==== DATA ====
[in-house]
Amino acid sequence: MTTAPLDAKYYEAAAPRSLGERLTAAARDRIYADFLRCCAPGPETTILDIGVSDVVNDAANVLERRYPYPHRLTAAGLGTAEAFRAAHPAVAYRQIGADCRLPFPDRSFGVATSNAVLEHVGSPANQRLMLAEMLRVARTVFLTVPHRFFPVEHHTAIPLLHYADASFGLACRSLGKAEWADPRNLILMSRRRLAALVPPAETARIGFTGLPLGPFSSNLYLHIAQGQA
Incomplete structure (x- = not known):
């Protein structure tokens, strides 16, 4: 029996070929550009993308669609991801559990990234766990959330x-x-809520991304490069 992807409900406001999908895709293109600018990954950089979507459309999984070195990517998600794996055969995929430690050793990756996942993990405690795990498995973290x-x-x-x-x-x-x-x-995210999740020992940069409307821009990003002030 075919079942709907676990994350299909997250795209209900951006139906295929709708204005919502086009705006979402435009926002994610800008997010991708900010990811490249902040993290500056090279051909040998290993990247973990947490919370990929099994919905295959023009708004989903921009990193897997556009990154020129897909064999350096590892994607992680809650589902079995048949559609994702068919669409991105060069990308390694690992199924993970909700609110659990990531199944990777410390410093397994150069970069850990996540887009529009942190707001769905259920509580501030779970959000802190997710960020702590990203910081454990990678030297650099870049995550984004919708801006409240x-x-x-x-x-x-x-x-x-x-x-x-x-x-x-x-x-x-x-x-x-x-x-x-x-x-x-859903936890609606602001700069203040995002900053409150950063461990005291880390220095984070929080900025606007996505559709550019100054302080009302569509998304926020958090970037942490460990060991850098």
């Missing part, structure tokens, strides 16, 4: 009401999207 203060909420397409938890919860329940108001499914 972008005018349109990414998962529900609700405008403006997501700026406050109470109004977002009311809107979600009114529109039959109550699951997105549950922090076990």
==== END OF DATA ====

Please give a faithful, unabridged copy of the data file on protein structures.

[in-house]
Amino acid sequence: MTTAPLDAKYYEAAAPRSLGERLTAAARDRIYADFLRCCAPGPETTILDIGVSDVVNDAANVLERRYPYPHRLTAAGLGTAEAFRAAHPAVAYRQIGADCRLPFPDRSFGVATSNAVLEHVGSPANQRLMLAEMLRVARTVFLTVPHRFFPVEHHTAIPLLHYADASFGLACRSLGKAEWADPRNLILMSRRRLAALVPPAETARIGFTGLPLGPFSSNLYLHIAQGQA
Incomplete structure (x- = not known):
């Protein structure tokens, strides 16, 4: 029996070929550009993308669609991801559990990234766990959330x-x-809520991304490069 992807409900406001999908895709293109600018990954950089979507459309999984070195990517998600794996055969995929430690050793990756996942993990405690795990498995973290x-x-x-x-x-x-x-x-995210999740020992940069409307821009990003002030 075919079942709907676990994350299909997250795209209900951006139906295929709708204005919502086009705006979402435009926002994610800008997010991708900010990811490249902040993290500056090279051909040998290993990247973990947490919370990929099994919905295959023009708004989903921009990193897997556009990154020129897909064999350096590892994607992680809650589902079995048949559609994702068919669409991105060069990308390694690992199924993970909700609110659990990531199944990777410390410093397994150069970069850990996540887009529009942190707001769905259920509580501030779970959000802190997710960020702590990203910081454990990678030297650099870049995550984004919708801006409240x-x-x-x-x-x-x-x-x-x-x-x-x-x-x-x-x-x-x-x-x-x-x-x-x-x-x-859903936890609606602001700069203040995002900053409150950063461990005291880390220095984070929080900025606007996505559709550019100054302080009302569509998304926020958090970037942490460990060991850098």
């Missing part, structure tokens, strides 16, 4: 009401999207 203060909420397409938890919860329940108001499914 972008005018349109990414998962529900609700405008403006997501700026406050109470109004977002009311809107979600009114529109039959109550699951997105549950922090076990």